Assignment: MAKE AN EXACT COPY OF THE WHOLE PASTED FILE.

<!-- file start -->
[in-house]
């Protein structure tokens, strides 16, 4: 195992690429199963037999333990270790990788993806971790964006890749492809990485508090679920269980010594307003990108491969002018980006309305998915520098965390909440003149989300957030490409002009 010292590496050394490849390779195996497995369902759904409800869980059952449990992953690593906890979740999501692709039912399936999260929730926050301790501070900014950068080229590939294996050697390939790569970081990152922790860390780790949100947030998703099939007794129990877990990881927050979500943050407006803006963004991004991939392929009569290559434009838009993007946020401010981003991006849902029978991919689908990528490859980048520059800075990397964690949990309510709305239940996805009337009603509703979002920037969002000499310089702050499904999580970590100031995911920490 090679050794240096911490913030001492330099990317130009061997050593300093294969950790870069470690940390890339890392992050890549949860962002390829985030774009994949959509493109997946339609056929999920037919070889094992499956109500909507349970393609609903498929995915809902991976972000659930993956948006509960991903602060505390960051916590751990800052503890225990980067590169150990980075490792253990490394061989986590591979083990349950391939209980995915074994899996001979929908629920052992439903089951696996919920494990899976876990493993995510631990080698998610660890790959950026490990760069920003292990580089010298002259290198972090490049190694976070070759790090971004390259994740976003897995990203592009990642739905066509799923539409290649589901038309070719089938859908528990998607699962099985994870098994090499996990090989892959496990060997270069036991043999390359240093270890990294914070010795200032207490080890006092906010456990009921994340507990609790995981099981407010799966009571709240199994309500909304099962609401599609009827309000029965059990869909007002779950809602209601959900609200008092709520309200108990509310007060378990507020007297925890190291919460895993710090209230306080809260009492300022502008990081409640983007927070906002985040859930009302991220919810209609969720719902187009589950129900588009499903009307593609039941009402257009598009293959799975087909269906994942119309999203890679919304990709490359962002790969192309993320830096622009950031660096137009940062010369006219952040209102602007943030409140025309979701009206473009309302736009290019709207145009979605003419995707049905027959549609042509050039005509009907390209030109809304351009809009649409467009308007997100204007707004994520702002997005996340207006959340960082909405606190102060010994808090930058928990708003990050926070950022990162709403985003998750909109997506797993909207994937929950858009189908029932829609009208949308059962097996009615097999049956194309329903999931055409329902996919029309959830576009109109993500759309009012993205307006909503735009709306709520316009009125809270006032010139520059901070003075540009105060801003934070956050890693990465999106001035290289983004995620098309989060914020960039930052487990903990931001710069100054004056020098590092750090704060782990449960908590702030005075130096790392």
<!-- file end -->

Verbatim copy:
[in-house]
């Protein structure tokens, strides 16, 4: 195992690429199963037999333990270790990788993806971790964006890749492809990485508090679920269980010594307003990108491969002018980006309305998915520098965390909440003149989300957030490409002009 010292590496050394490849390779195996497995369902759904409800869980059952449990992953690593906890979740999501692709039912399936999260929730926050301790501070900014950068080229590939294996050697390939790569970081990152922790860390780790949100947030998703099939007794129990877990990881927050979500943050407006803006963004991004991939392929009569290559434009838009993007946020401010981003991006849902029978991919689908990528490859980048520059800075990397964690949990309510709305239940996805009337009603509703979002920037969002000499310089702050499904999580970590100031995911920490 090679050794240096911490913030001492330099990317130009061997050593300093294969950790870069470690940390890339890392992050890549949860962002390829985030774009994949959509493109997946339609056929999920037919070889094992499956109500909507349970393609609903498929995915809902991976972000659930993956948006509960991903602060505390960051916590751990800052503890225990980067590169150990980075490792253990490394061989986590591979083990349950391939209980995915074994899996001979929908629920052992439903089951696996919920494990899976876990493993995510631990080698998610660890790959950026490990760069920003292990580089010298002259290198972090490049190694976070070759790090971004390259994740976003897995990203592009990642739905066509799923539409290649589901038309070719089938859908528990998607699962099985994870098994090499996990090989892959496990060997270069036991043999390359240093270890990294914070010795200032207490080890006092906010456990009921994340507990609790995981099981407010799966009571709240199994309500909304099962609401599609009827309000029965059990869909007002779950809602209601959900609200008092709520309200108990509310007060378990507020007297925890190291919460895993710090209230306080809260009492300022502008990081409640983007927070906002985040859930009302991220919810209609969720719902187009589950129900588009499903009307593609039941009402257009598009293959799975087909269906994942119309999203890679919304990709490359962002790969192309993320830096622009950031660096137009940062010369006219952040209102602007943030409140025309979701009206473009309302736009290019709207145009979605003419995707049905027959549609042509050039005509009907390209030109809304351009809009649409467009308007997100204007707004994520702002997005996340207006959340960082909405606190102060010994808090930058928990708003990050926070950022990162709403985003998750909109997506797993909207994937929950858009189908029932829609009208949308059962097996009615097999049956194309329903999931055409329902996919029309959830576009109109993500759309009012993205307006909503735009709306709520316009009125809270006032010139520059901070003075540009105060801003934070956050890693990465999106001035290289983004995620098309989060914020960039930052487990903990931001710069100054004056020098590092750090704060782990449960908590702030005075130096790392």